Based on the 1955 bestseller by Walter Lord, Roy Ward Baker’s 1958 British-made docudrama A Night to Remember remains the clearest, most honorable cinematic depiction of the Titanic disaster, easily eclipsing the earlier 1953 Hollywood melodrama Titanic as well as the much later blockbuster of that same name by James Cameron.
Though it omits the striking fact, vividly captured in Cameron’s film, of the ship breaking in two as it floods with water (an event disputed by eyewitnesses but confirmed in 1985), A Night to Remember is much clearer than Cameron’s film about why this supposedly “unsinkable” ship sank, and why the bulkheads were thought to be high enough but weren’t.
A lucid exchange between Capt. Smith (Laurence Naismith) and ship’s designer Thomas Andrews (Michael Goodliffe) over the ship’s plans explains what Cameron’s vivid but dramatically gratuitous opening-act CGI “post mortem” doesn’t. The bulkheads did extend above sea level, and would have contained inflooding sea water in separate compartments, allowing the ship to continue to float.
But when five forward compartments flooded at the same time, the weight of the water, while not enough to sink the ship, was enough to tip it forward far enough for the water to begin spilling over the bulkheads from one compartment to the next. The result was like filling an ice cube tray by tipping it as water runs into one end. Had Andrews designed the bulkheads to run to the top of the compartments, Titanic would have been saved.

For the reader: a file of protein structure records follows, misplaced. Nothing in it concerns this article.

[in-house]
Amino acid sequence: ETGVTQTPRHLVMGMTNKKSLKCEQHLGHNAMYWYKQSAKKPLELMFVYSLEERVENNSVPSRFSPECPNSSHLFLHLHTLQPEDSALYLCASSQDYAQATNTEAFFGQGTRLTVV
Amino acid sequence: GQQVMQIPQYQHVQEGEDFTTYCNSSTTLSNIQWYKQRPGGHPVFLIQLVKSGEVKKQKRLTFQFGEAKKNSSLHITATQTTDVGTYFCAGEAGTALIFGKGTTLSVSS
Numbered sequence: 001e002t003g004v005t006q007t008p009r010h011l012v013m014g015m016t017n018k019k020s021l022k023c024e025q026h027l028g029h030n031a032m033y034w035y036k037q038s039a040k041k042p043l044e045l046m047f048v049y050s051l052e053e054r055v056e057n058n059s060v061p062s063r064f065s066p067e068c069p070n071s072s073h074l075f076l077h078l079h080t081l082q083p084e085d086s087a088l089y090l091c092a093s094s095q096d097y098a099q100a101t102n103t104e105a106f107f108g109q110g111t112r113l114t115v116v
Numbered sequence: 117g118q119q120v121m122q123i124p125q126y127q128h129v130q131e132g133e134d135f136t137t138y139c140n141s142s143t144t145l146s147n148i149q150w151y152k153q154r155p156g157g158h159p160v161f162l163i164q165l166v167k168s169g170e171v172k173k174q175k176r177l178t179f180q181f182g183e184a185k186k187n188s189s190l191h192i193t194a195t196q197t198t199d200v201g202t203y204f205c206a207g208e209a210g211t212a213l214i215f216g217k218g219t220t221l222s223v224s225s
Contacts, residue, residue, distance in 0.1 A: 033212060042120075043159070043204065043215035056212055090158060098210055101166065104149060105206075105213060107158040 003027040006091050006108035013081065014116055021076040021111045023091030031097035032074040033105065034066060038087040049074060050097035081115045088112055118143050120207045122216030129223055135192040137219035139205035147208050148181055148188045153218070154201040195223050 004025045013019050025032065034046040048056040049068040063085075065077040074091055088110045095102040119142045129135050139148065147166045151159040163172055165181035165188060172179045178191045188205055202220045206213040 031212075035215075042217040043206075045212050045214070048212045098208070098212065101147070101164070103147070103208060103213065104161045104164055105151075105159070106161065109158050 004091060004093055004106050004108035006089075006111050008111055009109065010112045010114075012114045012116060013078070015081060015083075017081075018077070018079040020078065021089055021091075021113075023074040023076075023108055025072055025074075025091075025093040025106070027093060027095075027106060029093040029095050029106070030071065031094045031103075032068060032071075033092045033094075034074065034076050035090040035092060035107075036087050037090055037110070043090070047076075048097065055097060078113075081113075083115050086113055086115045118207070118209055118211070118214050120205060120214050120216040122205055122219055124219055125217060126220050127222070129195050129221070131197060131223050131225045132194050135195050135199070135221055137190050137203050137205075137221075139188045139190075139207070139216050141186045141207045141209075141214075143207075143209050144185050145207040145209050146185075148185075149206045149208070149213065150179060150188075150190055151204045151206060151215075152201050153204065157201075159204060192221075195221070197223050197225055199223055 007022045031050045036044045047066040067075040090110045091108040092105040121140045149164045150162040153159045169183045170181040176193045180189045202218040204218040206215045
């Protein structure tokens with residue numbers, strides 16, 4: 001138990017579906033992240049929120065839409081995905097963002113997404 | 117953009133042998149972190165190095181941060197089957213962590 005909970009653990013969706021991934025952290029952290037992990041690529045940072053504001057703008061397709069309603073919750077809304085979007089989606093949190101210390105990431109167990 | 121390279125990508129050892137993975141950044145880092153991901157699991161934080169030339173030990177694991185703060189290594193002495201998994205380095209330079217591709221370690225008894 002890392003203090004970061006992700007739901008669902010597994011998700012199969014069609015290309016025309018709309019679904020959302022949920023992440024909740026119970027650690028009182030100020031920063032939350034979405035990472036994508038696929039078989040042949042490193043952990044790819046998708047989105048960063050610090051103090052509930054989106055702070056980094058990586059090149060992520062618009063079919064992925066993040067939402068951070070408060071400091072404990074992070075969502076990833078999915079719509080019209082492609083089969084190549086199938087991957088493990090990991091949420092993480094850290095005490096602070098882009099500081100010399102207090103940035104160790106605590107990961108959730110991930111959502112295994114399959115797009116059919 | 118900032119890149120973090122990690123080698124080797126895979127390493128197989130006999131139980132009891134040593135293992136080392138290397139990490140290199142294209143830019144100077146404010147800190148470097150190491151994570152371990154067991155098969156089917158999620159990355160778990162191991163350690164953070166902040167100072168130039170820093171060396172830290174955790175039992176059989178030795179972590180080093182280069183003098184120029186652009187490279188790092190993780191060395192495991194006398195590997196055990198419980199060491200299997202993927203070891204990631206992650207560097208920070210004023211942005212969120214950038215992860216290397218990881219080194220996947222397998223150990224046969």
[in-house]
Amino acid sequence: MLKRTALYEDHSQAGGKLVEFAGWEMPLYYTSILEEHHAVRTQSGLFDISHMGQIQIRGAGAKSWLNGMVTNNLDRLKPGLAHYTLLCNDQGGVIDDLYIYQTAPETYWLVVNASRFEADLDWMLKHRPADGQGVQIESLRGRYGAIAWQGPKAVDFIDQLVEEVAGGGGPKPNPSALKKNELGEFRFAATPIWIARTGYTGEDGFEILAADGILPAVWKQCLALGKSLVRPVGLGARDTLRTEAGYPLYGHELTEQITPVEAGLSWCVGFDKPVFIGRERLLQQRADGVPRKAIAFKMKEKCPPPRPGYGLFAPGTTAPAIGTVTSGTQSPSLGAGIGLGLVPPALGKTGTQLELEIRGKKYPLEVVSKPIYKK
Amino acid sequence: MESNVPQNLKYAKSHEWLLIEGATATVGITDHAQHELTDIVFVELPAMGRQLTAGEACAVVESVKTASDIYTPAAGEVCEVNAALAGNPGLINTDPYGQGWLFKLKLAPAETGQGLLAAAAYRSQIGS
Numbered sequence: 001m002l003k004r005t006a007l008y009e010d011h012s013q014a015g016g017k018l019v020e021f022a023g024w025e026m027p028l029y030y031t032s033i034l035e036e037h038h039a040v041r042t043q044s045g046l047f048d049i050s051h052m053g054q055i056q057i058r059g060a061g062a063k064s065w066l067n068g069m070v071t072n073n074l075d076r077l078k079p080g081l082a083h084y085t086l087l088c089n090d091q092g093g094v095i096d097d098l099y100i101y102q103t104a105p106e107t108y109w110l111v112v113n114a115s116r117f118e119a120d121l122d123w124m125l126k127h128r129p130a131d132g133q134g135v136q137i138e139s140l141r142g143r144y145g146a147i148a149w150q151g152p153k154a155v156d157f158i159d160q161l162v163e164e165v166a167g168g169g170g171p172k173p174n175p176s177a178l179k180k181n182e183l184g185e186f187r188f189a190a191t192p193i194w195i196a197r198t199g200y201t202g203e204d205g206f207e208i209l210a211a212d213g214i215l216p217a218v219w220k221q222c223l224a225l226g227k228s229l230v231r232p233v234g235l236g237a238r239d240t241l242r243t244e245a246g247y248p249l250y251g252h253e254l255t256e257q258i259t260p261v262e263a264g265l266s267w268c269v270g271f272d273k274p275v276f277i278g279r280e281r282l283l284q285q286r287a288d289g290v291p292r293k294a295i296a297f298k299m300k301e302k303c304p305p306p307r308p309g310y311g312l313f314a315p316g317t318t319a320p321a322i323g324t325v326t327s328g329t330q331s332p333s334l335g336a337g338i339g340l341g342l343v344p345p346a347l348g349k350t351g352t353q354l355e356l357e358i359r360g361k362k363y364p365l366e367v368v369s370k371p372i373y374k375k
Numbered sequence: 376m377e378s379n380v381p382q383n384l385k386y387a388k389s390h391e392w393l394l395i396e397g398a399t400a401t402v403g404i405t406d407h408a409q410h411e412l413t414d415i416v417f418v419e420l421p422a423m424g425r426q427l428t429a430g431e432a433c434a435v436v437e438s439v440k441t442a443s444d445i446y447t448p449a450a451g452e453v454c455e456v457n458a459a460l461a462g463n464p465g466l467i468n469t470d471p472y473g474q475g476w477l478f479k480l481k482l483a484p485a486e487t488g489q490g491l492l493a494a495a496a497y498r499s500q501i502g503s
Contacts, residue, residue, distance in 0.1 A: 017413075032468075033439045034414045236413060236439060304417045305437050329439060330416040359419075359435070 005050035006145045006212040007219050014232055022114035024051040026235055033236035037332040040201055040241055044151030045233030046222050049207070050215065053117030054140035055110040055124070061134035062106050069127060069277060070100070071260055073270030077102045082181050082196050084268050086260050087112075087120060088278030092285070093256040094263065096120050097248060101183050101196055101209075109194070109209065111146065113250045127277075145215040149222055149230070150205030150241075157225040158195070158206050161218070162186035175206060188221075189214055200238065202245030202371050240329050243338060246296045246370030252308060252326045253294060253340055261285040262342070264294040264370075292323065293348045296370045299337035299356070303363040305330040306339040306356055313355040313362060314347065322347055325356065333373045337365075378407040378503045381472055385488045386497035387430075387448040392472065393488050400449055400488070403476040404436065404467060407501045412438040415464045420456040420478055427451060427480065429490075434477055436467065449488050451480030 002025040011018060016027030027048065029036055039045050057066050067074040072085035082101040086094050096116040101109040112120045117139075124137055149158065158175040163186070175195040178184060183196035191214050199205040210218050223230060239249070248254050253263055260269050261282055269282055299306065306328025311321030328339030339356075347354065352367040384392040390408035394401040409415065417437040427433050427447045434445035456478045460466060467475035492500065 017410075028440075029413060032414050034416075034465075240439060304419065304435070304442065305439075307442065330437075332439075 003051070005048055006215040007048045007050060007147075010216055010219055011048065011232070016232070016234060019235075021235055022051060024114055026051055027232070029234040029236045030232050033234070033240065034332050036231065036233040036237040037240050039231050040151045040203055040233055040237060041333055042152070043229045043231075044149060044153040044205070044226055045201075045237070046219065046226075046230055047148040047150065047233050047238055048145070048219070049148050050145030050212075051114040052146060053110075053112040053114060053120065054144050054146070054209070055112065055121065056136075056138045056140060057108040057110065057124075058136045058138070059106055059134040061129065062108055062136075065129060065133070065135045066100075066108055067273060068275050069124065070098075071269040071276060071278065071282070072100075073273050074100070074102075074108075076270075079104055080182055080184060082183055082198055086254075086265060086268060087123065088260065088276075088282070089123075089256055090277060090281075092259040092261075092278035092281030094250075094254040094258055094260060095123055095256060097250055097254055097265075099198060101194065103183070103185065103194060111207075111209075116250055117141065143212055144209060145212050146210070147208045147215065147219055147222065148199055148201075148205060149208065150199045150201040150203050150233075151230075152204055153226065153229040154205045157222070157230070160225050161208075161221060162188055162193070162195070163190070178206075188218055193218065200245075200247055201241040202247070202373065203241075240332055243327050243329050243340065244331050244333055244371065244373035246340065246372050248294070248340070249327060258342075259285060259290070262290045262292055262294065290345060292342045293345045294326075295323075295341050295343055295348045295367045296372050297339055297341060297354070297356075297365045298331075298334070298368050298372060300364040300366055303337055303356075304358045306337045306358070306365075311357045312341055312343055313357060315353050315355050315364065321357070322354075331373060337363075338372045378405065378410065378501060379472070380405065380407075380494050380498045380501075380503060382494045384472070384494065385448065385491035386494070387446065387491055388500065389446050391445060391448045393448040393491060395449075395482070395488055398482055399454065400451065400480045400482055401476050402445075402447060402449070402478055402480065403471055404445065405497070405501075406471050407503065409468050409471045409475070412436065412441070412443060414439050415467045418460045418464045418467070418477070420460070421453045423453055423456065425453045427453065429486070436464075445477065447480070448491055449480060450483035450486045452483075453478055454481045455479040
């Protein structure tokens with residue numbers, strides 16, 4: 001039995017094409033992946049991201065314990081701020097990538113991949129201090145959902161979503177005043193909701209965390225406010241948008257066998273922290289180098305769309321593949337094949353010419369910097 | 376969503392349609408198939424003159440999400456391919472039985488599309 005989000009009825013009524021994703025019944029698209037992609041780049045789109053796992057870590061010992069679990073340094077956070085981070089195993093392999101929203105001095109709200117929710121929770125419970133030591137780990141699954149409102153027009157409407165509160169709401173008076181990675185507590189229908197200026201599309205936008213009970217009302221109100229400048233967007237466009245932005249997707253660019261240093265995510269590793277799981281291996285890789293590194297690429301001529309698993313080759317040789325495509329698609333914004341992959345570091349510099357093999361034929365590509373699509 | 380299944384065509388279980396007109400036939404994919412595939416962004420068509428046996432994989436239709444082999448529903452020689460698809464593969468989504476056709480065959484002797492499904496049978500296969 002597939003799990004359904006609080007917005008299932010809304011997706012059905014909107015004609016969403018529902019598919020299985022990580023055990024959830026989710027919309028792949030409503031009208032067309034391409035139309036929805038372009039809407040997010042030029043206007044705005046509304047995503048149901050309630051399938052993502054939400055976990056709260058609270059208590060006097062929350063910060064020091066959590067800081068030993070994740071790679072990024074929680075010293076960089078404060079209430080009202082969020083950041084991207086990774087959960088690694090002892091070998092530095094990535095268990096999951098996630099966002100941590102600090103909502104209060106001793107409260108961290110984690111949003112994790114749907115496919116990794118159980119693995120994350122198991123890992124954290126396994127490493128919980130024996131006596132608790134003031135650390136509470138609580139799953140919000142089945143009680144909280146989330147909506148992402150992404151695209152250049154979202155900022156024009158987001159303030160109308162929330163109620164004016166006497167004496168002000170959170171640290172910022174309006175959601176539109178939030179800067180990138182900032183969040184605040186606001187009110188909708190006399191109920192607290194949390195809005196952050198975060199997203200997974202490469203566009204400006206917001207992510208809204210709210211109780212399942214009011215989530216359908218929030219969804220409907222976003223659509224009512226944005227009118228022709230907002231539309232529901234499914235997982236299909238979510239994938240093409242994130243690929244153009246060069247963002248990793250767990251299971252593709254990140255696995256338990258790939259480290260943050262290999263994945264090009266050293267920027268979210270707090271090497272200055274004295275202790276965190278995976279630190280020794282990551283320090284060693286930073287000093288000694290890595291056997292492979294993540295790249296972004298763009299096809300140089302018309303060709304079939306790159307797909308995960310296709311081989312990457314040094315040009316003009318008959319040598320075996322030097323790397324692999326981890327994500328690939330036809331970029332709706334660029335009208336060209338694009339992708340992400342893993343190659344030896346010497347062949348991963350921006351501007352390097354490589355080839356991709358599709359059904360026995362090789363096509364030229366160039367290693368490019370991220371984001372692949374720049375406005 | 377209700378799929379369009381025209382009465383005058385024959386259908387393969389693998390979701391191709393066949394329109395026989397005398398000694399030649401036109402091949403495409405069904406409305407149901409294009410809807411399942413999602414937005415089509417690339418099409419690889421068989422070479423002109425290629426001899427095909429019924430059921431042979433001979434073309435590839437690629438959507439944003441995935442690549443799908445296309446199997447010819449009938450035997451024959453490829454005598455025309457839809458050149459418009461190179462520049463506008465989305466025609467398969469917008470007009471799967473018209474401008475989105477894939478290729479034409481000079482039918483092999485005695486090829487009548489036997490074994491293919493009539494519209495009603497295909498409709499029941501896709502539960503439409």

You can see it on Andrews’ face as he examines the plans he knows so well. “She’s going to sink, Captain,” he says.
“She can’t sink,” Smith objects. “She’s unsinkable.”
But Andrews, shaking his head as he stars at the plans, counters simply, “She can’t float.” (It’s a better line than the one in Cameron’s Titanic: “She’s made of iron, sir. I assure you, she can.”)
A Night to Remember also highlights the indelible drama, omitted from Cameron’s film, of two other ships on the ocean that night: not just the Carpathia, making full steam for the foundering Titanic but tragically too far away, but also the Californian, stopped for the night a mere ten miles away, actually within eyesight of the sinking vessel.
Though the Californian’s officers saw the Titanic’s distress rockets and witnessed the lights going out, these signs were disastrously misinterpreted. If only the Californian’s radios hadn’t been shut off for the night…
In Cameron’s other film about the Titanic, the undersea documentary Ghosts of the Abyss, Titanic actor Bill Paxton comments, “Titanic is like a stage where God says to you, ‘You have two hours to play out the rest of your life. What will you be? Will you be a hero? Will you be a coward?’ ”
Both heroism and cowardice were very much in evidence in the Titanic disaster; such crises bring out both the best and the worst in human nature. Cameron’s film, alas, highlights the cowardice and downplays the heroism. It's to A Night to Remember's credit that it makes plenty of room for both. It’s a classy depiction of how human beings in 1912 faced life and death in the fabled tragedy.
Copyright © 2000– Steven D. Greydanus. All rights reserved.